Bedload transport in an Oregon Coast Range stream Public Deposited

http://ir.library.oregonstate.edu/concern/graduate_thesis_or_dissertations/s7526g30q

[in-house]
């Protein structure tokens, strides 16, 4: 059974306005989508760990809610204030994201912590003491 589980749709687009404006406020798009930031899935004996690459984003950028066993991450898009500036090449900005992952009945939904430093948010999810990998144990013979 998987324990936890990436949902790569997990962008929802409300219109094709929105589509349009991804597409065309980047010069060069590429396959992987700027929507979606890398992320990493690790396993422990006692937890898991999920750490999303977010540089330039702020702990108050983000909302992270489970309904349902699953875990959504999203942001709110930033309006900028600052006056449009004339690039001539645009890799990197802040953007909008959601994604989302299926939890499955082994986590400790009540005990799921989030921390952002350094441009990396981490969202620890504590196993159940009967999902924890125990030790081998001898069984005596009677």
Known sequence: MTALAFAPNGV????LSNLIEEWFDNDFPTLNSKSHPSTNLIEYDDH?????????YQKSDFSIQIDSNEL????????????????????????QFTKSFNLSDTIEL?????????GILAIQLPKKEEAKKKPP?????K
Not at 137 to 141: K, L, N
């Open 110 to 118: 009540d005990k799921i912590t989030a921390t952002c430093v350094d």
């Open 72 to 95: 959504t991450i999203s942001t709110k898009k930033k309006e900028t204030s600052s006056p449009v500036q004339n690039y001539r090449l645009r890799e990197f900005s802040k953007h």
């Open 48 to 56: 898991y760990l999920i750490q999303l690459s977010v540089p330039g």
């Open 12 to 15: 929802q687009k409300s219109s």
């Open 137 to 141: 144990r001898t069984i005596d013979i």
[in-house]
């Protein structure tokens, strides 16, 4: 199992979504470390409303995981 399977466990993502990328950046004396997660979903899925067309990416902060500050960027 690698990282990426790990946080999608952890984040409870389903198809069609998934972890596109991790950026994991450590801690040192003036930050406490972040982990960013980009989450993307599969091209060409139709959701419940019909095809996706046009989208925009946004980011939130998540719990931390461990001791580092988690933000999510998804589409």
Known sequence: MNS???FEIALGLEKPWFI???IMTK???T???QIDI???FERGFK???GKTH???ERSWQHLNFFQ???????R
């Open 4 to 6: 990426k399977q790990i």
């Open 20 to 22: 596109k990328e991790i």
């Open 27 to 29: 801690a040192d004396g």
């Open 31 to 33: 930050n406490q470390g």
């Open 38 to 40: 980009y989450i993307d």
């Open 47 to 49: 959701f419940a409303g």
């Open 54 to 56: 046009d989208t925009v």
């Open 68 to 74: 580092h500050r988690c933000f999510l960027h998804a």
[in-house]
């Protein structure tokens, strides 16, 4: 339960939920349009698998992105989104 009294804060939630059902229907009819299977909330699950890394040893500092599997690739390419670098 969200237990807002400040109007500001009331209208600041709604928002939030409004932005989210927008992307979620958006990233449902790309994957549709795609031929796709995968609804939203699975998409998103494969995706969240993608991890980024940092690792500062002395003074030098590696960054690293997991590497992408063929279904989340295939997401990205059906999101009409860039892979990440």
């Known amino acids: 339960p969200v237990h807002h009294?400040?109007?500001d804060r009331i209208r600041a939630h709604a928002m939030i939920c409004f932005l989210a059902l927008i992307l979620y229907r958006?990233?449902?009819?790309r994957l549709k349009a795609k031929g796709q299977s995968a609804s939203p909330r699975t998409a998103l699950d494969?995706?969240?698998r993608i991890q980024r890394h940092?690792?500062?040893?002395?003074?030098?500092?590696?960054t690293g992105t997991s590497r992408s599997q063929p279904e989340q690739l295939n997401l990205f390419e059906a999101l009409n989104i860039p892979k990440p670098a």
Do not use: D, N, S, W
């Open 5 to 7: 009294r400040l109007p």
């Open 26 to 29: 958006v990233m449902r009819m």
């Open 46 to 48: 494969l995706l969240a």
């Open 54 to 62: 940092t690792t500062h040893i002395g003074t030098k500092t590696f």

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  • Utilizing both vortex and Helley-Smith samplers, bedload measurements were obtained for three storms during the 1977-78 winter at Flynn Creek. Flynn Creek drains a 2 km^2 undisturbed watershed in the Coast Range of western Oregon. The highest peak flow observed for the two-year study, including both 1977 and 1978 water years, was 0.79m^3 s^-1 km^-2, and represents approximately an average annual peak flow based on fifteen previous years of streamflow data. Results of measurements obtained with the vortex sampler indicated that as streamflow increased bedload transport rate increased. Temporal variations in bedload transport rate also indicated that as the storm season progressed, bedload transport rates increased even though streamflow did not necessarily increase above the streamflow of the previous storm. This may be a result of some critical discharge being necessary to initiate bedload transport. The calculated critical discharge for Flynn Creek was 0.72 m^3 s^-1 km^-2 and was exceeded several times during the storm season. The peak bedload transport rate of 325 kg/hr occurred at a discharge of 0.77 m^3 s^-1 km^-2. Significant (p = 0.01) differences in bedload transport versus water discharge relationships occurred between storms. Helley-Smith bedload transport rates were consistently larger than vortex rates observed during all storms except on December 13, 1977, when the rates were approximately equal. The higher transport rates measured with the Helley-Smith sampler are attributed to sampler design and indicate that the sampler is more efficient for sand-sized material. Sand-sized particles represent the predominant particle size transported as bedload in Flynn Creek. Bedload transport did not occur uniformly with time, but rather occurred in "pulses" that did not appear to follow any pattern. Variations in stream cross sections and scour and fill measurements indicated that the release of bedload material occurred nonuniformly at many locations along the length of the stream channel. Information collected with cross-sectional measurements during 1977 indicated that the bed slope upstream of the fish trap may have been adjusting to the change in height of the streambed in the fish trap. Consequently, sediment data from different years should be compared with caution until it can be determined that the stream has come to equilibrium. On a seasonal basis, as the amount of organic matter in transport decreased, bedload transport rates generally increased.
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